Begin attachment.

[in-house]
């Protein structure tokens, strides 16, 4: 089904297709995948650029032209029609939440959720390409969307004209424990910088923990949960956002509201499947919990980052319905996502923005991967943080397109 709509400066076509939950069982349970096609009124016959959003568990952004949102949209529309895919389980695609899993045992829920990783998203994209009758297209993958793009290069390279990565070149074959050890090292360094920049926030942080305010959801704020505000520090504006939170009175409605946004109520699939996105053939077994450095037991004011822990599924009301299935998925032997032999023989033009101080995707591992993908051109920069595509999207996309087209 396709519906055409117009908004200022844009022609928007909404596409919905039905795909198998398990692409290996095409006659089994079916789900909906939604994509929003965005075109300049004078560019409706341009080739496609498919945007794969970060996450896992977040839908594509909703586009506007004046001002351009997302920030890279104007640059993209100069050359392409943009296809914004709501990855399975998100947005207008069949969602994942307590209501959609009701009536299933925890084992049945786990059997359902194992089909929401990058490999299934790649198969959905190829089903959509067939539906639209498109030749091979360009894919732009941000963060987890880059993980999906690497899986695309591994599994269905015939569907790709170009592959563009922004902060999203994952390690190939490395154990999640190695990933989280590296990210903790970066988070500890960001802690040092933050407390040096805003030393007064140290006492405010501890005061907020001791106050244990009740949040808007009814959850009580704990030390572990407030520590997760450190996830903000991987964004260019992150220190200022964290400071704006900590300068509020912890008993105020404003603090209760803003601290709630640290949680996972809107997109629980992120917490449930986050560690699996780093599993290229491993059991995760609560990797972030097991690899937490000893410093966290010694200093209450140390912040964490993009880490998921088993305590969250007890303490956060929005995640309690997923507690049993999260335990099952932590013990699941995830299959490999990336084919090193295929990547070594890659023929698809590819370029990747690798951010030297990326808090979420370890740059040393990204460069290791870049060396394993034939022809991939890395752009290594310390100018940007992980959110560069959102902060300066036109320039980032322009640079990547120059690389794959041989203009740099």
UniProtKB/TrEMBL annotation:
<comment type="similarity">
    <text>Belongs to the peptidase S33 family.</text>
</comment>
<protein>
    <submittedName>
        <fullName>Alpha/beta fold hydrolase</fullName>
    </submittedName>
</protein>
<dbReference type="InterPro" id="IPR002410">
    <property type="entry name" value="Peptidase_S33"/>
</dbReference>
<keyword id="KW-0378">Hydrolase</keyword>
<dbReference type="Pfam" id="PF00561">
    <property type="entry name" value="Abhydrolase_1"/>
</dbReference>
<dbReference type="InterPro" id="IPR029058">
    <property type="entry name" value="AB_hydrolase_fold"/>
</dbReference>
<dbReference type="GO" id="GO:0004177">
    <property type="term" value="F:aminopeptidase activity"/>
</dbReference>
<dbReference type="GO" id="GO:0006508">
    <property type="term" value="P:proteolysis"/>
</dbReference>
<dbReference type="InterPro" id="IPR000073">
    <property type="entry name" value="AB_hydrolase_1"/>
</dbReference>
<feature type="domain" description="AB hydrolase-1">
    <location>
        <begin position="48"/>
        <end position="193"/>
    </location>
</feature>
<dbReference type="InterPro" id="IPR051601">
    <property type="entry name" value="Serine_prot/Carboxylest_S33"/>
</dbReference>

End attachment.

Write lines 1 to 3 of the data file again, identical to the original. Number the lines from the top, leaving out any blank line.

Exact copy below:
[in-house]
């Protein structure tokens, strides 16, 4: 089904297709995948650029032209029609939440959720390409969307004209424990910088923990949960956002509201499947919990980052319905996502923005991967943080397109 709509400066076509939950069982349970096609009124016959959003568990952004949102949209529309895919389980695609899993045992829920990783998203994209009758297209993958793009290069390279990565070149074959050890090292360094920049926030942080305010959801704020505000520090504006939170009175409605946004109520699939996105053939077994450095037991004011822990599924009301299935998925032997032999023989033009101080995707591992993908051109920069595509999207996309087209 396709519906055409117009908004200022844009022609928007909404596409919905039905795909198998398990692409290996095409006659089994079916789900909906939604994509929003965005075109300049004078560019409706341009080739496609498919945007794969970060996450896992977040839908594509909703586009506007004046001002351009997302920030890279104007640059993209100069050359392409943009296809914004709501990855399975998100947005207008069949969602994942307590209501959609009701009536299933925890084992049945786990059997359902194992089909929401990058490999299934790649198969959905190829089903959509067939539906639209498109030749091979360009894919732009941000963060987890880059993980999906690497899986695309591994599994269905015939569907790709170009592959563009922004902060999203994952390690190939490395154990999640190695990933989280590296990210903790970066988070500890960001802690040092933050407390040096805003030393007064140290006492405010501890005061907020001791106050244990009740949040808007009814959850009580704990030390572990407030520590997760450190996830903000991987964004260019992150220190200022964290400071704006900590300068509020912890008993105020404003603090209760803003601290709630640290949680996972809107997109629980992120917490449930986050560690699996780093599993290229491993059991995760609560990797972030097991690899937490000893410093966290010694200093209450140390912040964490993009880490998921088993305590969250007890303490956060929005995640309690997923507690049993999260335990099952932590013990699941995830299959490999990336084919090193295929990547070594890659023929698809590819370029990747690798951010030297990326808090979420370890740059040393990204460069290791870049060396394993034939022809991939890395752009290594310390100018940007992980959110560069959102902060300066036109320039980032322009640079990547120059690389794959041989203009740099």
UniProtKB/TrEMBL annotation: